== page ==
Colombia’s largest oil-company, Ecopetrol, invested roughly $3.2 billion in domestic production in the first quarter of 2014.
Over 90% of the investment was with local providers, according to a statement released by the company Monday. The company also did roughly $288 million in business with regional providers, it said.
The figures, taken from the first three months of 2014, show a 41% growth in investment, when compared to the same period in 2013.
During 2014’s first quarter, 33% of local hiring went to health services, ground transportation of personnel, and facility maintenance, according to Ecopetrol.
So far this year, Ecopetrol has signed 1,496 contracts with suppliers, of which 40% are from Bogotá, 16% from the country’s central region, 10% from the “Middle Magdalena” region, 8% from the Caribbean coast, 7% from the west, 6% from the south, 3% from the eastern states of Meta and Vichada, and 2% from nearby Casanare and Arauca.
The local engagement has 42 categories of goods and/or services that are recruited locally, among which are: food, solid waste management, transportation, loading and unloading of tankers, river transport of personnel, civil work, electrical work, and power networks among others, according to Ecopetrol.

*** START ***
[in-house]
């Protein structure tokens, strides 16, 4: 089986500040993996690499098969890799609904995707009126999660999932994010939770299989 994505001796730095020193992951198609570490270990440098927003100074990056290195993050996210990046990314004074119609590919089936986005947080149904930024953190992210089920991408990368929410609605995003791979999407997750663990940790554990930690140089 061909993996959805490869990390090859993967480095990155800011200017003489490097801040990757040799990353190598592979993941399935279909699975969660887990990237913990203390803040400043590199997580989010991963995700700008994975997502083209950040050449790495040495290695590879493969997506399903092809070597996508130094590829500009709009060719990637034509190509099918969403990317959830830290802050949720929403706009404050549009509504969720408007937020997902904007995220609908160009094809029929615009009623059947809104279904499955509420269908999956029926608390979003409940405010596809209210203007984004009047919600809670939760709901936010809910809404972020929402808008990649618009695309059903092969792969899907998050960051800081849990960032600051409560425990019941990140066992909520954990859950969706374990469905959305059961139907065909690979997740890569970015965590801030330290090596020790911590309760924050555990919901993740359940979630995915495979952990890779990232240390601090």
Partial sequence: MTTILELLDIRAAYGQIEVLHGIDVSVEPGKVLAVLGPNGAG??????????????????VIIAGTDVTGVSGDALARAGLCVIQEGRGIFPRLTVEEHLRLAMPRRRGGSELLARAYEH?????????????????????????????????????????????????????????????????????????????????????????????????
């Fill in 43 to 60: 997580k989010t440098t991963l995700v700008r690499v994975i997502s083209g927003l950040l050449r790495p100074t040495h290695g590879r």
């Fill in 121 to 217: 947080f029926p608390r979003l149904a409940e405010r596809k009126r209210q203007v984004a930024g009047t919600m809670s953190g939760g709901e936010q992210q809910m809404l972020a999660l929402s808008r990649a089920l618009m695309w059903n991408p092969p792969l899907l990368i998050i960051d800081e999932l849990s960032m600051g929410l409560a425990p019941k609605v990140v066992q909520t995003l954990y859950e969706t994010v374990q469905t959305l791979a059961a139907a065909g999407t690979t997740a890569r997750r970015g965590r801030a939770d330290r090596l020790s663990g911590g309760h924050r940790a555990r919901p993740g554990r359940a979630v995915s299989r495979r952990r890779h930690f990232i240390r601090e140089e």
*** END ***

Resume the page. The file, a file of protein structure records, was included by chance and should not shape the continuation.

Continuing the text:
Ecopetrol SA, Colombia‘s largest and partially state-owned oil company, is ranked among the 40 largest oil companies in the world, and among the top four companies in Latin America.
Besides Colombia, where it accounts for 60% of national production, Ecopetrol has exploration and production activities in Brazil, Peru, and the United States (in the Gulf of Mexico).
Ecopetrol accounts for the largest refinery in Colombia, most of the network of oil and multiple purpose pipelines in the country, and is considerably increasing its participation in biofuels.
This shift will likely be important in the future. Colombian Minister of Mining Amylkar Acosta told El Espectador newspaper in November 2013 that Colombia’s reserves were “extremely precarious.”
Current Colombian proven oil reserves are set at about 2.3 billion barrels, which could see Colombia’s oil wells dry up in less than seven years, given current rates of production. As a result, it may be difficult for the country as a whole to maintain 2013′s strong levels of growth in the long term without introduction of new economic sectors or increases in the production output of other sectors.
The energy sector currently comprises a sizable chunk of Colombia’s GDP. According to figures from the Ministry of Commerce, Industry and Tourism, petroleum exports made up over 46% of Colombia’s total exports from January to July 2013. Coal, as well, ranks among Colombia’s top exports. The country is the first largest producer of coal in the world.
The results of this oil and mining boom have been heavy for Colombia’s environment, which receives relatively investment or oversight from the national government.